My life should not be politicised.

In recent decades it has become fashionable for people to declare their identities political. Quite what this means I'm too sick to ponder at the time of writing (I have a horrible chest infection that makes my intercostal muscles ache and I can't walk very far without getting out of breath, which is really annoying because normally I'm reasonably fit), but it generally involves getting very angry and showing off how radical you are.

Well, bully for you. I should hope that all this politicisation of identity is getting us somewhere, but for me it's actually quite painful to deal with.

I am bisexual, mentally ill, an immigrant and a woman. All of these identities get politicised in different ways.

Because I am bisexual - because I am not straight - I deviate from a norm that is very much cisgender and heterosexual (for example, if you think about most couples represented in the media, they're a man and a woman, and when walking down the street one might tend to assume that a stranger is straight). I get (mostly straight) people asking me to prove that I'm really bisexual (I didn't know that I needed an identity card, sorry) or talking shit about bisexuals and other MOGAI people while I stand there quietly thinking "shit, they hate me". I don't like feeling scared to come out, because it's not a one-time thing - it's an ongoing process as you meet lots of new people and pretending to be something I'm not is really sucky. I don't like the fact that in some places people can refuse to hire me just because of my sexual orientation, and that it's probably not safe for me to go to some countries. I don't like that me talking about my experiences and saying that I'm proud of being bisexual, and that other people shouldn't have to face oppression for their sexuality, is considered to be promoting homosexuality and a danger to young, innocent straight kids (because it's not like young MOGAI people matter too and need support and guidance...). I don't like that it's difficult for MOGAI people to get sex and relationships education because most of it's targeted at straight people. I don't like being called a bitchy queer, either, but I'll do it as long as there are things to bitch about that need to be fixed.

Because I am mentally ill, I have to tangle with various systems (some of which become less accessible if you're poor or have physical disabilities, for example) to get the help I need and convince them that I'm "sick enough", because even doctors sometimes rely on stereotypes. I look around and stay quiet while my peers talk shit about how mentally ill people are all weak or violent, or think that mental illness isn't real and it's just an excuse for me to slack off. I get scared to ask for extensions on work because I don't want people thinking I'm lazy. I used to be scared to even ask for help because I thought it made me weak.

Because I am an immigrant, lots of people over here don't consider me to be a proper British citizen. They think I'm inferior to them, that I'm taking their jobs and straining their services. They don't want to live next to me because they're scared of me. They think I'm a criminal who should be booted out of the country. (My criminal record is clean.) They're perfectly happy to say xenophobic things to my face and make it clear that I'm not welcome here.

Because I am a woman, some people still think I'm supposed to be a good little woman in the kitchen and not have opinions on things (silly girl, opinions are only for men!). Some people still want me to conform to their expectations of what a woman should be like, and get pissy when I remind them that I'm not a talking doll - I've got my own hopes and dreams and life to live, and I don't plan on spending it trying to please everyone by living up to contradictory standards of femininity. There are some people who still complain when I tell them that I'm going to wait to make my mind up on whether I want to be a mother or not and that I'm very unlikely to ever get married, because they think that my world should be limited to outdated gender roles. There are even people who complain about me doing a "boy subject" at university, or who would try to screw me out of equal pay for equal work or who would discriminate against me because they think I should drop out of work and have kids. (Sadly, these things do still happen.)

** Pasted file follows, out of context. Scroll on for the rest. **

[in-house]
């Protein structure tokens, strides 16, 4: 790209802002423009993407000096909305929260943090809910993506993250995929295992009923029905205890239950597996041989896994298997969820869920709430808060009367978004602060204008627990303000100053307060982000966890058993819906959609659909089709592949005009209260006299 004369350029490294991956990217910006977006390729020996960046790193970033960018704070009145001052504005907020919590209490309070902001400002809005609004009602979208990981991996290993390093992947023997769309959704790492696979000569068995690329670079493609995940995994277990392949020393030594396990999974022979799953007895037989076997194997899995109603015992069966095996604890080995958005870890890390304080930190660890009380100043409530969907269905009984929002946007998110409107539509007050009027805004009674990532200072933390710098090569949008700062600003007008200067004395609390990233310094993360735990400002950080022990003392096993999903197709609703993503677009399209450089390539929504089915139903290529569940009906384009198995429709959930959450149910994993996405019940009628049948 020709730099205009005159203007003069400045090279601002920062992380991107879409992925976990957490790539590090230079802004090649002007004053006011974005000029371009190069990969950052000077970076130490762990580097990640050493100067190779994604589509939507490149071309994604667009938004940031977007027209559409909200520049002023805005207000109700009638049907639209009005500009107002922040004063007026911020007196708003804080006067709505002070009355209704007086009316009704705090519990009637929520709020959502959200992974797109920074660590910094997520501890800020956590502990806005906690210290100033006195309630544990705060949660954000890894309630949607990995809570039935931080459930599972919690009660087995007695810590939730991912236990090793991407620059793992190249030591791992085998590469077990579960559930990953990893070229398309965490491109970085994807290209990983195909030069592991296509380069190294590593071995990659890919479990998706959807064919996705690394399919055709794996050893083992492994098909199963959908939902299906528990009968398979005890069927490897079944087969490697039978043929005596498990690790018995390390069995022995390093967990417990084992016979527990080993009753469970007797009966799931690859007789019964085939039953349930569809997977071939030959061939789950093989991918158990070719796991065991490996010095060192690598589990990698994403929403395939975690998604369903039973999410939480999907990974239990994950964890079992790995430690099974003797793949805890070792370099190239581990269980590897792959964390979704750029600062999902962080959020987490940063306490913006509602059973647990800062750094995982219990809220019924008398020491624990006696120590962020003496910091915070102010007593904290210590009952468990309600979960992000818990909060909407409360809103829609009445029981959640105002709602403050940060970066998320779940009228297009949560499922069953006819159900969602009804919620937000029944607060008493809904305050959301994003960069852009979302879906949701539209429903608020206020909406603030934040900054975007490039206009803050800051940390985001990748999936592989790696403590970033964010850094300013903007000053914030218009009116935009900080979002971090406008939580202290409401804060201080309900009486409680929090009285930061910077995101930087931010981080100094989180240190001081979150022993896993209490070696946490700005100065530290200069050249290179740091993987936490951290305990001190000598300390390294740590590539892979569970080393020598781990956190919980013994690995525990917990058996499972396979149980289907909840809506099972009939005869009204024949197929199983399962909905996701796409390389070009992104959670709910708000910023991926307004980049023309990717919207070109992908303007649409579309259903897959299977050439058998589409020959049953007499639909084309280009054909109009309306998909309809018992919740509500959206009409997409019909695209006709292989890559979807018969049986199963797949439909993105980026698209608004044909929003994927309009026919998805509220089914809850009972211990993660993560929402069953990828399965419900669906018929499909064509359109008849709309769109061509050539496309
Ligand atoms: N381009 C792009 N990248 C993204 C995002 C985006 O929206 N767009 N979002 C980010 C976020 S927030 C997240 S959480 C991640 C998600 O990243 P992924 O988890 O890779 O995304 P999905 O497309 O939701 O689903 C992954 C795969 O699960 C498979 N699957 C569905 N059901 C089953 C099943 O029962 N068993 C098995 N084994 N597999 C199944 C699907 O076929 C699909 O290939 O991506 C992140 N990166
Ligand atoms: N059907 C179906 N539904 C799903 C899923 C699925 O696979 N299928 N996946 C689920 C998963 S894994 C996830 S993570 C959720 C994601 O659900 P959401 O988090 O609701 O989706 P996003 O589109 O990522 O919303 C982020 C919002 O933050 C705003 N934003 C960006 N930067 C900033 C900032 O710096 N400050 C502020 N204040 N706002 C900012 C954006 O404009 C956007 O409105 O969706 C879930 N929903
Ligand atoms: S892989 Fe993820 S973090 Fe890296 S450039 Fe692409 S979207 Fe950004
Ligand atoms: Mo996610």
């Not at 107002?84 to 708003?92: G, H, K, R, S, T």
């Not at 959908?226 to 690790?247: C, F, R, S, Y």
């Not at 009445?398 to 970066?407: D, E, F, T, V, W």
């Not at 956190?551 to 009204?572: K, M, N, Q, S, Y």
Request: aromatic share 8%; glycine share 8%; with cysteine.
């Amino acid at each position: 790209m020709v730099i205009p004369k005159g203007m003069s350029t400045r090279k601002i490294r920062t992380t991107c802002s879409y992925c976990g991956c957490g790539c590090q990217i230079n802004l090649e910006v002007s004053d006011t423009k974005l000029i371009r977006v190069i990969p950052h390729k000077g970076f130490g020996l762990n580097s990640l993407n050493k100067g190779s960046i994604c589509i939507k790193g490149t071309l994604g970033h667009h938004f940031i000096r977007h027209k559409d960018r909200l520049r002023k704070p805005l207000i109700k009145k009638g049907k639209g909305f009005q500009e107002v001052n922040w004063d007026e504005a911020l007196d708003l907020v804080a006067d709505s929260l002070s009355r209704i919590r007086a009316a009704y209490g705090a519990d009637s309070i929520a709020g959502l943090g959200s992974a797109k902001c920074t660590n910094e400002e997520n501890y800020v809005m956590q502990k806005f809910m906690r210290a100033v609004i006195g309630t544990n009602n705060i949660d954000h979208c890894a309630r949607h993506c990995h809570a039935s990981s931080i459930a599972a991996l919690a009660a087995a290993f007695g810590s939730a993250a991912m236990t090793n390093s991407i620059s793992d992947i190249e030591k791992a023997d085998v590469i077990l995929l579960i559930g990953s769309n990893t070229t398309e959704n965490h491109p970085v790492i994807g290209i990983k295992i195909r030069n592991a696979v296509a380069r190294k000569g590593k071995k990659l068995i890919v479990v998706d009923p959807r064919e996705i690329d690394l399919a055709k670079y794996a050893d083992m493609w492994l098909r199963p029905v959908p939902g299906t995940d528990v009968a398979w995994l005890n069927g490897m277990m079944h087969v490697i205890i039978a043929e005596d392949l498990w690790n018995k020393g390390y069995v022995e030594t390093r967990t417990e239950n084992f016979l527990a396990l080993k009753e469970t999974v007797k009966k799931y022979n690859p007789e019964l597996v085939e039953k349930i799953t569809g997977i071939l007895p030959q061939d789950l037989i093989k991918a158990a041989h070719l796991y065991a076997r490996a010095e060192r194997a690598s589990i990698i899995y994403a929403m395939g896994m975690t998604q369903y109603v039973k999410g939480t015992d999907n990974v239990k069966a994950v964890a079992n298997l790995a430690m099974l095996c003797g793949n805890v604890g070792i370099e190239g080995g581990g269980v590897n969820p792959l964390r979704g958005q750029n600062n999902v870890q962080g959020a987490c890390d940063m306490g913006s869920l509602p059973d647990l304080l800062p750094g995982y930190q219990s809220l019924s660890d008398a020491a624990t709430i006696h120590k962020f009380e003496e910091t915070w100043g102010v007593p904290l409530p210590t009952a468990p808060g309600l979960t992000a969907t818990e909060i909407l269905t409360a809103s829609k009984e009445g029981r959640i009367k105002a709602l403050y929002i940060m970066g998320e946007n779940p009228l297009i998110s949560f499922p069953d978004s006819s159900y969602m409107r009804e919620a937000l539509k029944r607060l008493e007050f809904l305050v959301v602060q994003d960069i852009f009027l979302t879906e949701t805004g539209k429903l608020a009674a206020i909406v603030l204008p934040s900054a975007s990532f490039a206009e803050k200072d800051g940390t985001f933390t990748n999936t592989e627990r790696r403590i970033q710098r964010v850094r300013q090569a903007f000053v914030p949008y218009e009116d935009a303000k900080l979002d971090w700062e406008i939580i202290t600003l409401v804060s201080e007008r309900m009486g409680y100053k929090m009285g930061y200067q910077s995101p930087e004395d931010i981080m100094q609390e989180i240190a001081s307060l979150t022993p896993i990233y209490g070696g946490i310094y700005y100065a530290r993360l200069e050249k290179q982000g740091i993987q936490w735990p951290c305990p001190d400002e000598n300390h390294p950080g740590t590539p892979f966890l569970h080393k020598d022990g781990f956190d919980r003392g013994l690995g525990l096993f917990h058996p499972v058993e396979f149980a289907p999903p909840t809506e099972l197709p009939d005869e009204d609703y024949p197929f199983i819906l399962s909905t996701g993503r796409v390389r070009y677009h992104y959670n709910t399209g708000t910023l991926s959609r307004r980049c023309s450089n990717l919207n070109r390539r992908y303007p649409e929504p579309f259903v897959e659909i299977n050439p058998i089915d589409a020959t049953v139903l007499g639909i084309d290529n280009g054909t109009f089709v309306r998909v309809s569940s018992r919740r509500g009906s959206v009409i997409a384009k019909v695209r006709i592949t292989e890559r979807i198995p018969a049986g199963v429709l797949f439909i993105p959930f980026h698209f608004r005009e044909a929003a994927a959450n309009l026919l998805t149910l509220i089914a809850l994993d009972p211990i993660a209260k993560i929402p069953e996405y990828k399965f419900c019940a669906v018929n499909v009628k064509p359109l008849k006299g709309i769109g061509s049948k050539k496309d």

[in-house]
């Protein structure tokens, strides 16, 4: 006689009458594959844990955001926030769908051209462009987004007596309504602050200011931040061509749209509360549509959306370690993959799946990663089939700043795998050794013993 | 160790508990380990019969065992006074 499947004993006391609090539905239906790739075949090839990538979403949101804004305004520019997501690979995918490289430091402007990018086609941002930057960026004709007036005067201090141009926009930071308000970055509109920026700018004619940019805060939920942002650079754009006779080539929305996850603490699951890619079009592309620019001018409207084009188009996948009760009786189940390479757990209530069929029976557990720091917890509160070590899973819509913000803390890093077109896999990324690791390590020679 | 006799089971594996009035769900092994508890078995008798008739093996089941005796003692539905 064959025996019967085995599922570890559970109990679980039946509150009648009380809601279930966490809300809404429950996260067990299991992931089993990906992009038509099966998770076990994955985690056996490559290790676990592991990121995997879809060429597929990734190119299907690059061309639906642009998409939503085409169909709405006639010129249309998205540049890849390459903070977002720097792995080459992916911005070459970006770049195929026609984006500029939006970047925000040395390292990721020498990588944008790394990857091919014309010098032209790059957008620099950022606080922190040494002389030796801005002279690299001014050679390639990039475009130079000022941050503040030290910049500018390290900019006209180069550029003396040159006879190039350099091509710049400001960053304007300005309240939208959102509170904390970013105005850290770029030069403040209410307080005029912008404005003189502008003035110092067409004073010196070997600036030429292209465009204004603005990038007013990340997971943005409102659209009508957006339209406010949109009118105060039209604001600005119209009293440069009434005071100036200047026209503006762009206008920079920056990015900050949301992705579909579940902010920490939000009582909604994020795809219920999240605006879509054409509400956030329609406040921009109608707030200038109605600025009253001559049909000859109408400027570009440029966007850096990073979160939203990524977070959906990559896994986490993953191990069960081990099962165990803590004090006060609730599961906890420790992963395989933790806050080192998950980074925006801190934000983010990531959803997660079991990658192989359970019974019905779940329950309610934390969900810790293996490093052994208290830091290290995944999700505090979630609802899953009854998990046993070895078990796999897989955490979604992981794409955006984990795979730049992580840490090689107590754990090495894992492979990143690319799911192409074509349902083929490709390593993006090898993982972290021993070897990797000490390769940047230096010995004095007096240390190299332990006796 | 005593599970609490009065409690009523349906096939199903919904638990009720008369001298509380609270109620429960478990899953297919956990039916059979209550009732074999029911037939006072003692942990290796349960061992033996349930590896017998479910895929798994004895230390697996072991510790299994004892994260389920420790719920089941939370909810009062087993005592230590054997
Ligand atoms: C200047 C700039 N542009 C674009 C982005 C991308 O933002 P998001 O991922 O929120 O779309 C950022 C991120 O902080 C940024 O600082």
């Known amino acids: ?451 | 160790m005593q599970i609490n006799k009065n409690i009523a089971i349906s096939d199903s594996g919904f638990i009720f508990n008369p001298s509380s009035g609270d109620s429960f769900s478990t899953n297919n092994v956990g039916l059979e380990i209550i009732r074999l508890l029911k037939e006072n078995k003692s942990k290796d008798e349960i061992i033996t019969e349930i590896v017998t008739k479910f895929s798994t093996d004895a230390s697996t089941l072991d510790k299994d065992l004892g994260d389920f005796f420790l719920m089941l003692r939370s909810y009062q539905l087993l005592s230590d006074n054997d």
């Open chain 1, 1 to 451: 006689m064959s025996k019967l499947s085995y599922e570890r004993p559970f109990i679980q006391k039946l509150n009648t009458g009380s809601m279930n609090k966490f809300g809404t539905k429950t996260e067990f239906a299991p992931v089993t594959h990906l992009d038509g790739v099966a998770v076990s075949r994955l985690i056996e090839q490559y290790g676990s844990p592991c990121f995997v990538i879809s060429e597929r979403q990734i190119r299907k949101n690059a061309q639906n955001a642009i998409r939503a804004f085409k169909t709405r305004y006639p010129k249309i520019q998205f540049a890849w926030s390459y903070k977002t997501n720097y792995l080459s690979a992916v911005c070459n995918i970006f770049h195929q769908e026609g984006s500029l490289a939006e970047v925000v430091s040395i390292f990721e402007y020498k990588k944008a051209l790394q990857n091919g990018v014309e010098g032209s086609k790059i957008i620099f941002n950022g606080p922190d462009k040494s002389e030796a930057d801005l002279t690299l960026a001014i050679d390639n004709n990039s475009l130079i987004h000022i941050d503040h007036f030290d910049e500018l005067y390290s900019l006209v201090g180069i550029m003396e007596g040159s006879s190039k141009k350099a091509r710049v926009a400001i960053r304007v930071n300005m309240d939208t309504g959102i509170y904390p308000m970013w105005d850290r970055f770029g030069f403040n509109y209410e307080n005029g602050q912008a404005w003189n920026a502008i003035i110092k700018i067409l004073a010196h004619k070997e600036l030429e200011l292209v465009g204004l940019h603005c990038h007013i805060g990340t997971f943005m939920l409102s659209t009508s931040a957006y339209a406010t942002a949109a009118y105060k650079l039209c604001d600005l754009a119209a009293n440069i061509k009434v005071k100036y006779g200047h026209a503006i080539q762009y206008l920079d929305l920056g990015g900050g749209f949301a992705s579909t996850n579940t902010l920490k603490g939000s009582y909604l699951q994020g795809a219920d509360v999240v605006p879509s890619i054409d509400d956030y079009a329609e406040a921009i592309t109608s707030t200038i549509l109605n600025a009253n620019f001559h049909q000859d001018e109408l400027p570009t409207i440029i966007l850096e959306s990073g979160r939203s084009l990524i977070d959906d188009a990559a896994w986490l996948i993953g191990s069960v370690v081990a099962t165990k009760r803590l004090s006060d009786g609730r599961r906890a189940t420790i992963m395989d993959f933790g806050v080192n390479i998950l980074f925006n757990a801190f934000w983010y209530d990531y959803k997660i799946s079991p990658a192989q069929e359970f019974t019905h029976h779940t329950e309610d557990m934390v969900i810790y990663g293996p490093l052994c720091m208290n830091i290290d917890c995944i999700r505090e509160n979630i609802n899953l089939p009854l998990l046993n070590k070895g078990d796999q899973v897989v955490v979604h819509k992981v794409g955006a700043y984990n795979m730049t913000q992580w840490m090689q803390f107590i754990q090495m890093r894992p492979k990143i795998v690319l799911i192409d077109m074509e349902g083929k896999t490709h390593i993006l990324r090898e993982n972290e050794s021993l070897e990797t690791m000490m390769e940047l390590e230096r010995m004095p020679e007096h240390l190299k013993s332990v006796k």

Anyway, the point of this is not to complain about how oppressed I am - I know millions of others have it worse. The point of this is to complain that I just want to do science, pet cats and live a long and happy life with my loved ones, but all this political shit gets in the way. And that people fetishise all this political shit getting in the way, that people go out of their way to seek this political shit...Well, different people want different things. And I'm happy that there are people out there fighting to change the world for the better. But at times I get a little irked, because it can seem like they just treat it as a game. Like they dress up as political heroes for a few hours every day, get angry, and then take their anger off like a costume and go home to pizza and TV.

I don't get that luxury. Well, I get the pizza and the TV, but I don't get to play dress-up revolutionary because my life never stops being politicised. And if someone came to me and said "I want to be political, let me take your struggles" I would say "Yes". Because I'm sick of being the one doing the struggling. You don't get a break. It burns you out in the end, unless you know how to cut yourself off from things - and when you do that people will rag on you for being too apathetic.

So I would very much like a future in which nobody's life is politicised, in which we all accept each other's differences, in which nobody has to struggle just to be considered a person. Such a struggle eats you alive.